Protecting the livelihoods of one’s staff and one’s future in the time of a crisis is a tricky business. Those who can balance the two will come out stronger from the economical disasters unleashed by the coronavirus pandemic.

ASHUTOSH TIWARI
Managing Director, SAFAL Partners

Would you layoff staff during the lockdown?

Running various businesses as the CEO or equivalent for the past 14 years has taught me that two things matter most for business success: (a) luck, and (b) a relentless execution of the business fundamentals.

Given Nepal’s unpredictability with regard to supply chains, cash collections, government policies, and general market volatilities, I have always advised businesses and our clients to create and keep a rainy-day fund. Such a fund helps them weather difficulties that can last anywhere from three to six months, if not more.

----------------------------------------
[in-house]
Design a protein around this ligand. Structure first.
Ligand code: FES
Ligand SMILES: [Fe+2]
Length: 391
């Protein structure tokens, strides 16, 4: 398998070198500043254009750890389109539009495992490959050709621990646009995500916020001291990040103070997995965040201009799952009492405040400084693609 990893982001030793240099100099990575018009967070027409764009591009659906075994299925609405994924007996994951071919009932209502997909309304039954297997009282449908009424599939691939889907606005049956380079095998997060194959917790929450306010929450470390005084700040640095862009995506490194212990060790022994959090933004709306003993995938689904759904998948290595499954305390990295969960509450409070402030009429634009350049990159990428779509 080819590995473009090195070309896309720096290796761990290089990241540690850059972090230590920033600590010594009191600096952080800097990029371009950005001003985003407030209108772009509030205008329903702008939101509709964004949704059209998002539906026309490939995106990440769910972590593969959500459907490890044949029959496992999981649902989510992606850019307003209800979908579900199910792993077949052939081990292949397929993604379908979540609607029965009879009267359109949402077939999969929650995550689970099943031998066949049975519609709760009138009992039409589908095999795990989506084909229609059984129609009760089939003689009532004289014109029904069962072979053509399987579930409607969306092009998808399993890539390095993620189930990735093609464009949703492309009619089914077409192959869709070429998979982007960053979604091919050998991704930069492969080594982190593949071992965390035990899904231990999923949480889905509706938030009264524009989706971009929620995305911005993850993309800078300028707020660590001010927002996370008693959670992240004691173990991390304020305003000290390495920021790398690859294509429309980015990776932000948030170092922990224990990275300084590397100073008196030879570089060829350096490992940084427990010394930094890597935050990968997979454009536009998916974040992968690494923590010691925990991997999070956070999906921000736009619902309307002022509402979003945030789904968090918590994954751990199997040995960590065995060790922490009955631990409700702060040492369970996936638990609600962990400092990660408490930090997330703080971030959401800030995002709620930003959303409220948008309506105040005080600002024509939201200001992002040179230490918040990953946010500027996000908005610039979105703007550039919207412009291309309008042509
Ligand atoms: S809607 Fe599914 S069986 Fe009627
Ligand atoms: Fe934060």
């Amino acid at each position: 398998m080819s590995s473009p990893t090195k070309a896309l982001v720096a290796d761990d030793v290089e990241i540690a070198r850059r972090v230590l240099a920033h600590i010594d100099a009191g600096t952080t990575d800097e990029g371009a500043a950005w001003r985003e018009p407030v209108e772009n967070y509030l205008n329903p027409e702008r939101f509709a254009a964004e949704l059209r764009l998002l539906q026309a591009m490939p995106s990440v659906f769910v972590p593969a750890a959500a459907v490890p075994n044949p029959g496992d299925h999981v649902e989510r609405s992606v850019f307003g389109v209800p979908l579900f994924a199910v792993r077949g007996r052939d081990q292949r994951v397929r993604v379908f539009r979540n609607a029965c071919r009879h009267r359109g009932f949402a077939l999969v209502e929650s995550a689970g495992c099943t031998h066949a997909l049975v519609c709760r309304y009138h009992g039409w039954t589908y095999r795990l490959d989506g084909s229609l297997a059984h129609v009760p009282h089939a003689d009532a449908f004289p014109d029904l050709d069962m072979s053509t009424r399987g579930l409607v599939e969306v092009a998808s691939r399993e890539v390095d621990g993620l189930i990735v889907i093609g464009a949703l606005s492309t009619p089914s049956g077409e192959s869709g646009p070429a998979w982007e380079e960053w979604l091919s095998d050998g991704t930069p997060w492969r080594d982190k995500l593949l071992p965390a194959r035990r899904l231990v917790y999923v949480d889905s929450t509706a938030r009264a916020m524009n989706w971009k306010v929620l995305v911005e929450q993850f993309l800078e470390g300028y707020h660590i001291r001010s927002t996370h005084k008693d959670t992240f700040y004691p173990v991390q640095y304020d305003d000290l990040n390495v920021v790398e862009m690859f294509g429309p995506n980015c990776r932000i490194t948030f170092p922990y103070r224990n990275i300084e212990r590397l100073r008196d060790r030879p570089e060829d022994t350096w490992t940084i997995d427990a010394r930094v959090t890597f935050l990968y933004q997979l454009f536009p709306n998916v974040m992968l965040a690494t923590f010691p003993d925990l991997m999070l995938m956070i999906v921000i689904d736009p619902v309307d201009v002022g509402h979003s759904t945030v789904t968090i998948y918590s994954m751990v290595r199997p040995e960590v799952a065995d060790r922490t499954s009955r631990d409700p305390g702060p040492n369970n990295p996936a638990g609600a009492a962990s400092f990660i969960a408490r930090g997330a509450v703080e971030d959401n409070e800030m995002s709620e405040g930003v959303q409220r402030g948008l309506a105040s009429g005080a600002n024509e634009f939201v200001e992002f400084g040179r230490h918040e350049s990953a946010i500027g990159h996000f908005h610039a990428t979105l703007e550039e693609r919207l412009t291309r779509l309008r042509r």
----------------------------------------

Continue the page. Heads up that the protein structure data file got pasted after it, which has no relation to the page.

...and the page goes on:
I have practiced what I preached. As a result, for now, I do not see lay-offs at my firm. As it is, we try to keep a small but highly productive team.

What are some possible solutions entrepreneurs can take to help their business survive as well as protect livelihoods?

Looking ahead, structural unemployment or unemployment of skilled people for a long time kills confidence and morale. It  makes the overall economy unproductive, thereby making everyone poorer in the long run.

On lay-offs, I have advised other companies to negotiate mutually agreeable pay-cuts, furloughs and other means of keeping employment on without being cut off from the jobs altogether. Lay-offs can be efficient for the firms in the short run, but costly in the long run for both the firms and the society. The economy loses because skilled people are idle and unproductive. And the firm loses because once a trained employee leaves, all the organisational knowledge, know-how, networks and connections also leave with that person.